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“Only through our chest!” Building interethnic resistance

The early phase of resistance against the Ustasha regime was burdened with many challenges. In the regions predominantly populated by Serbs, like in western Bosnia, the complexities were of ethnic nature. On the one hand, the masses of Serbs, after months of terror, took to the forests. They brought what they could: some food, basic necessities, and whatever weapons they could muster. On the other hand, there were the communists, who, in the first weeks of the occupation, pledged to initiate armed struggle for liberation. While they were forming their clandestine military network, the German invasion of the USSR in late June pushed their movement into a higher gear. Willing and able, they also took to the forests.


This mixture of several hundred communists and an increasing number of self–organized Serbs was not entirely unnatural. The communists were not a foreign body. They were sometimes known among mining, forestry and lumber workers, or as students in their native countryside. Mladen Stojanović from the town Prijedor, to take his example, was a well known and respected doctor. And as the communists needed the power of numbers, the civilians looked up to determined organizers, especially if they boasted military experience. But there was one major obstacle: the trust between ethnic groups was shattered by the genocidal policies of the NDH. The vast areas exploding into an uprising were at risk of sliding down the spiral of interethnic revenge. If the communists were to prevail, they had to reestablish cross–ethnic trust, to direct the blows against the regime and the Axis, away from Muslims and Croats as “others”, and to open up the movement so they could (eventually) join the struggle.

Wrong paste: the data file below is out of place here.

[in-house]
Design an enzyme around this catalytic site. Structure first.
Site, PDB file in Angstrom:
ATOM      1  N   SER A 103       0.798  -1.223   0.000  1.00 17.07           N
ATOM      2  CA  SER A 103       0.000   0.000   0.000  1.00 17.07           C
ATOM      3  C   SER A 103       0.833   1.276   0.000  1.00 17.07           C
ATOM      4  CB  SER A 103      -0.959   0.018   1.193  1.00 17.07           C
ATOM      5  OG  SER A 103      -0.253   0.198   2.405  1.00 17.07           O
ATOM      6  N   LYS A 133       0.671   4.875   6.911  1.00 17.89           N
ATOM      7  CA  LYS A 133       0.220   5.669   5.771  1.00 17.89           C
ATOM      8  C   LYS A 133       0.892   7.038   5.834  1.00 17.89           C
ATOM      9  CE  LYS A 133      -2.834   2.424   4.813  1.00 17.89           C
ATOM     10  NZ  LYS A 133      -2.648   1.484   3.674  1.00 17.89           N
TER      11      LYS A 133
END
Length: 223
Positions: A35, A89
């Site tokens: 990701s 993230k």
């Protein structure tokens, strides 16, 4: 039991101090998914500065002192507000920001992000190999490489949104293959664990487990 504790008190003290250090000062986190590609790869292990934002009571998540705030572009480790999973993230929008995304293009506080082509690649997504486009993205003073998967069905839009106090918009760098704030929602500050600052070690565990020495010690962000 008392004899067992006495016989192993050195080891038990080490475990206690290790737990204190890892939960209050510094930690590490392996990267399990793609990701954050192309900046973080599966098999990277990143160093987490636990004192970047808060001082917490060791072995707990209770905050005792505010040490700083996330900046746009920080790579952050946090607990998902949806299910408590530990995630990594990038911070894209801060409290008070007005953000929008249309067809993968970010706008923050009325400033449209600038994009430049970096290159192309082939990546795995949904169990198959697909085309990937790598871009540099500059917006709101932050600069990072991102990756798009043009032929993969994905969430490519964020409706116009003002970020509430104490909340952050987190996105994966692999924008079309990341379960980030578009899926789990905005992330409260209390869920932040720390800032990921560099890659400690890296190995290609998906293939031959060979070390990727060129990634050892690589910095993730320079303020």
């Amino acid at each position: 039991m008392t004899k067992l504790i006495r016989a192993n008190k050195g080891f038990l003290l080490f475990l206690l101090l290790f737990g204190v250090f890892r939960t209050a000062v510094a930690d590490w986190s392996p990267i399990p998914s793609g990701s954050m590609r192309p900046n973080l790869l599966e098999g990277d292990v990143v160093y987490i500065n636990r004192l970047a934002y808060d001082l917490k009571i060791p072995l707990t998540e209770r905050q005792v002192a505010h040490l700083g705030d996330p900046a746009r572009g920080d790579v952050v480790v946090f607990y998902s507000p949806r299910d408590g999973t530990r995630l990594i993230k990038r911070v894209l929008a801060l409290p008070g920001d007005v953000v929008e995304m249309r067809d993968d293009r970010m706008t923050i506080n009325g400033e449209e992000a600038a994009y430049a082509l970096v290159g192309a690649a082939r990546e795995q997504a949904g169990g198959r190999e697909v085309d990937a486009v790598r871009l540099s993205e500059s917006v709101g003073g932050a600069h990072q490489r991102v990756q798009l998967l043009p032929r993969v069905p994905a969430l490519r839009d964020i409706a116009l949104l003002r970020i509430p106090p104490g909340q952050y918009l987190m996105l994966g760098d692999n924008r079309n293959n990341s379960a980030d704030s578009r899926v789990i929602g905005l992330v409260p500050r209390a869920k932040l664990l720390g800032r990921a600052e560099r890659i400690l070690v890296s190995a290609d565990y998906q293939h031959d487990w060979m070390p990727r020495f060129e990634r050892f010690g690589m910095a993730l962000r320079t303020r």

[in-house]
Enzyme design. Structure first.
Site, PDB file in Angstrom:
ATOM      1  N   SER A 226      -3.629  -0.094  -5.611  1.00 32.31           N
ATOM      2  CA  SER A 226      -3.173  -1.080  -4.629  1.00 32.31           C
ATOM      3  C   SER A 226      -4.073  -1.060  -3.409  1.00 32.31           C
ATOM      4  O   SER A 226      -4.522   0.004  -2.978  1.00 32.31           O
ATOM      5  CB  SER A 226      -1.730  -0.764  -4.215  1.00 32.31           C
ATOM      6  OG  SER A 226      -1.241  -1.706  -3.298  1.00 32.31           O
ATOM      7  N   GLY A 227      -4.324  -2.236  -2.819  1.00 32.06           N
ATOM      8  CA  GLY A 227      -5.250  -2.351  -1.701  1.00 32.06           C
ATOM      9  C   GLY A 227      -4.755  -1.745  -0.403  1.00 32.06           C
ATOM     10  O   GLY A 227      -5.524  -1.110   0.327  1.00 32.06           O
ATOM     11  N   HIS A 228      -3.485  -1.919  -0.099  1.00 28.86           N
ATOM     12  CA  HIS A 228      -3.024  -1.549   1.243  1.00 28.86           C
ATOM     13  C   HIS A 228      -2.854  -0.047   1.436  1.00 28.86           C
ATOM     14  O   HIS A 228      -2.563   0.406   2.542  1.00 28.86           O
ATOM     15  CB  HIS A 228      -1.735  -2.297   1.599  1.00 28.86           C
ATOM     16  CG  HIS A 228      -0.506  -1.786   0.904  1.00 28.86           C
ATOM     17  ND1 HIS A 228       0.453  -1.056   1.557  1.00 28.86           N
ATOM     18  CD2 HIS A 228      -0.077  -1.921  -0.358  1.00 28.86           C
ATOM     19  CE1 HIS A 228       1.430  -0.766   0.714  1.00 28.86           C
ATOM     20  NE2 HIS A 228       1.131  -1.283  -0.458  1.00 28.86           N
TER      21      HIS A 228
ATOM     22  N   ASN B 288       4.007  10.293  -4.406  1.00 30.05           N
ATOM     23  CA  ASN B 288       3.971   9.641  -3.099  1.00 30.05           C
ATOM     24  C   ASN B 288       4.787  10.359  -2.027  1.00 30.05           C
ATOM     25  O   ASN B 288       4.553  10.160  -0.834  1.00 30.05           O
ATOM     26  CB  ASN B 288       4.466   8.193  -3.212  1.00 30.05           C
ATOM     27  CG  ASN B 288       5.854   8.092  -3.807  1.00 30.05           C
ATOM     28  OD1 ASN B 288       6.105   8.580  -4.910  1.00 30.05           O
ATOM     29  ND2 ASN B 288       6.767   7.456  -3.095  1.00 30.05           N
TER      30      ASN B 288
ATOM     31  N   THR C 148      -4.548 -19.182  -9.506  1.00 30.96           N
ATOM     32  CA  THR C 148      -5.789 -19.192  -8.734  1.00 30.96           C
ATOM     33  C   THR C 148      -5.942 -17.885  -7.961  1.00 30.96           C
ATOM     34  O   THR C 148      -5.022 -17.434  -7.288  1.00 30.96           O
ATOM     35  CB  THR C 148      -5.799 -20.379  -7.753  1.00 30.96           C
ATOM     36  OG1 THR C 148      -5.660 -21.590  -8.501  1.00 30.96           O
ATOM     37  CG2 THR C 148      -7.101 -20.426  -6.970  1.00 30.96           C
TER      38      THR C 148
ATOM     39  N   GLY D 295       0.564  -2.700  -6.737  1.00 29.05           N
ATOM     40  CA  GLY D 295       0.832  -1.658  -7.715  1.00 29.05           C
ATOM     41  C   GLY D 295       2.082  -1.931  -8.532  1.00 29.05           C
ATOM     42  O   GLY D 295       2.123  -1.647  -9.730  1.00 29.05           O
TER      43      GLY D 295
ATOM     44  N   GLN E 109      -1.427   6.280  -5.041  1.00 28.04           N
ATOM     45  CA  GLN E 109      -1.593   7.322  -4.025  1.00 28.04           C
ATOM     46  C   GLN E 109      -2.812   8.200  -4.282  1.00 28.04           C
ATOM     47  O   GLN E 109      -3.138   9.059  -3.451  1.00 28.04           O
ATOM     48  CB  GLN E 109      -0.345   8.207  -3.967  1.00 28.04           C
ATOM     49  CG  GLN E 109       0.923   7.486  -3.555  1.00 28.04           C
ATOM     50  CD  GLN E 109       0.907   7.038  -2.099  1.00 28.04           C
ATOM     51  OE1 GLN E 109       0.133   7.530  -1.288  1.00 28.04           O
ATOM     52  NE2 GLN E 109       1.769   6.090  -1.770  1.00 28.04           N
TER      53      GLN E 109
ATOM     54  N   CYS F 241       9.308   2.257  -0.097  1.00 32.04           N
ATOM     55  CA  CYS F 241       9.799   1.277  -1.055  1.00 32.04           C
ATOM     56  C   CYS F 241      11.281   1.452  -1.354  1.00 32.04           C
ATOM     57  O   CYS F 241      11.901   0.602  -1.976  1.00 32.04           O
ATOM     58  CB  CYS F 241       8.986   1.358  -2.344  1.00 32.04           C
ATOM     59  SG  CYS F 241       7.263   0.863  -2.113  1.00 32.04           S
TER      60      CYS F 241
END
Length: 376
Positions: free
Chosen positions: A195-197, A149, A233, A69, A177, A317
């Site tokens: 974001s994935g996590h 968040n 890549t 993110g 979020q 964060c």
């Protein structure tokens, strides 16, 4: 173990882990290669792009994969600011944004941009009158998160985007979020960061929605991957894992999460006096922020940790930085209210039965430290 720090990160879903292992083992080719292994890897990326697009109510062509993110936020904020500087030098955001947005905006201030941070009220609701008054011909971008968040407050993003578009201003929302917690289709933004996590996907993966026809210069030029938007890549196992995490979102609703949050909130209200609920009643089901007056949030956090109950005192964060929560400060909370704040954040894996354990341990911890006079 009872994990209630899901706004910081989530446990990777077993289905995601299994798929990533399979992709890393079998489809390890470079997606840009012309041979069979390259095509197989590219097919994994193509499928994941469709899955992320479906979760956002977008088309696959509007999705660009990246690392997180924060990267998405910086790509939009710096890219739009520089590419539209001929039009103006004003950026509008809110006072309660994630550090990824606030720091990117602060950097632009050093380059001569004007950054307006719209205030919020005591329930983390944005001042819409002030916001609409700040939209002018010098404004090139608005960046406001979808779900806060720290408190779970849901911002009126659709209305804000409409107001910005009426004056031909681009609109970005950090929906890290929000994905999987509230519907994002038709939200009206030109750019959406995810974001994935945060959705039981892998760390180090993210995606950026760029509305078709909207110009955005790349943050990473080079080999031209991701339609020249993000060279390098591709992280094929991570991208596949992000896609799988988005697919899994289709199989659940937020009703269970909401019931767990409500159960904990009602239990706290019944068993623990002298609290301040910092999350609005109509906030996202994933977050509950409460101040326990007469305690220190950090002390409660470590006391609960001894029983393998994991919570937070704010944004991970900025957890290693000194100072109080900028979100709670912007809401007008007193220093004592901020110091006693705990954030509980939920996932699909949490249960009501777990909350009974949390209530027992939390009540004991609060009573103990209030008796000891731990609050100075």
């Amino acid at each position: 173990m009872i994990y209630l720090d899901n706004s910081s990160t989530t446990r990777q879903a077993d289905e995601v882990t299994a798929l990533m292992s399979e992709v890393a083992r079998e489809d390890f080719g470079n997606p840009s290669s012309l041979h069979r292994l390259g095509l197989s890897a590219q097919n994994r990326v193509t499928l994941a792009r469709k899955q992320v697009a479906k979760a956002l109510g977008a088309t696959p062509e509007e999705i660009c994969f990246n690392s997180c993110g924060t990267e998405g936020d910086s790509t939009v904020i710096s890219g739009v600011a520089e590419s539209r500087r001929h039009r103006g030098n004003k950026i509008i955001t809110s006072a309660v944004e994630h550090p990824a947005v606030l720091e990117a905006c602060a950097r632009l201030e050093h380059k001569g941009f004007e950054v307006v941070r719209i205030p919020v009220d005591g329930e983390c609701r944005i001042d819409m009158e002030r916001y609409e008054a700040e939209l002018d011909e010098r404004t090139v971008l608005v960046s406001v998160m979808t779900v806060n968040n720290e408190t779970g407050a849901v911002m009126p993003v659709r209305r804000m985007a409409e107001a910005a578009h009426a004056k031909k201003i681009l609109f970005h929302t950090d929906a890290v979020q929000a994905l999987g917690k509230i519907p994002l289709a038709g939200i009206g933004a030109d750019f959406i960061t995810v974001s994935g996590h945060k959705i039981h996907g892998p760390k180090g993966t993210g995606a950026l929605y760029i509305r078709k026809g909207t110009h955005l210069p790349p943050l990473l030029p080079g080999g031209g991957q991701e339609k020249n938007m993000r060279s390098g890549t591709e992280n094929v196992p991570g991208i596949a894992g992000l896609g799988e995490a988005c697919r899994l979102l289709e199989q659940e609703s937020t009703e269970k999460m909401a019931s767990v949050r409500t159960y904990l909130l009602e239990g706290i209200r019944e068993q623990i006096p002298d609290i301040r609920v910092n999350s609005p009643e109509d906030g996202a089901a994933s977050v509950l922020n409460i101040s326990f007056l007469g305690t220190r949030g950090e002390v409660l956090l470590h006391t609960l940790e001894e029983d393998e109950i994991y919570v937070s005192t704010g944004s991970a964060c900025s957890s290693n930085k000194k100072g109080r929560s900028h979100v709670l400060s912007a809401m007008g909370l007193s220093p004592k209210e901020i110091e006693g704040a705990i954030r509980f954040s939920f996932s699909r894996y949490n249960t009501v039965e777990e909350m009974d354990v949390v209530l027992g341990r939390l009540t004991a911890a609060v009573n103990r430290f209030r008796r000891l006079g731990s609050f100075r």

The level of inclusiveness was different from region to region. In some cases, the non–Serb communists took a neutral nom de guerre so they could fit in and not be rejected as Croats or Muslims.  Sometimes they were not welcome, especially in groups that would soon align with the Chetniks. But in others, they quickly took charge. In the Kozara Mountain Partisan Detachment, the commanders, including Osman Karabegović, a Muslim under his own name, would exclaim before the crowds: “Only through the chests of the communists, through our chests, will anyone fire bullets at the Muslim common folk.” One local Serb partisan, whose wife and children were killed by the Ustasha, declared that for this he does not condemn the entire Croat people, from which came his commander, Josip Mažar, “a man for whom I would give my life.”


Vladan Vukliš

Sources used
  • Mensur Seferović, Šoša (Beograd: Narodna armija, 1972).
  • Kozara u Narodnooslobodilačkom ratu: Zapisi i sjećanja, I (Beograd: Vojnoizdavački zavod, 1971) (Cyrillic)
Further reading
  • Xavier Bougarel, Kod Titovih partizana: Komunisti i seljaci u Bosanskoj krajini 1941–1945 (Sarajevo: Udruženje za modernu historiju, 2023)

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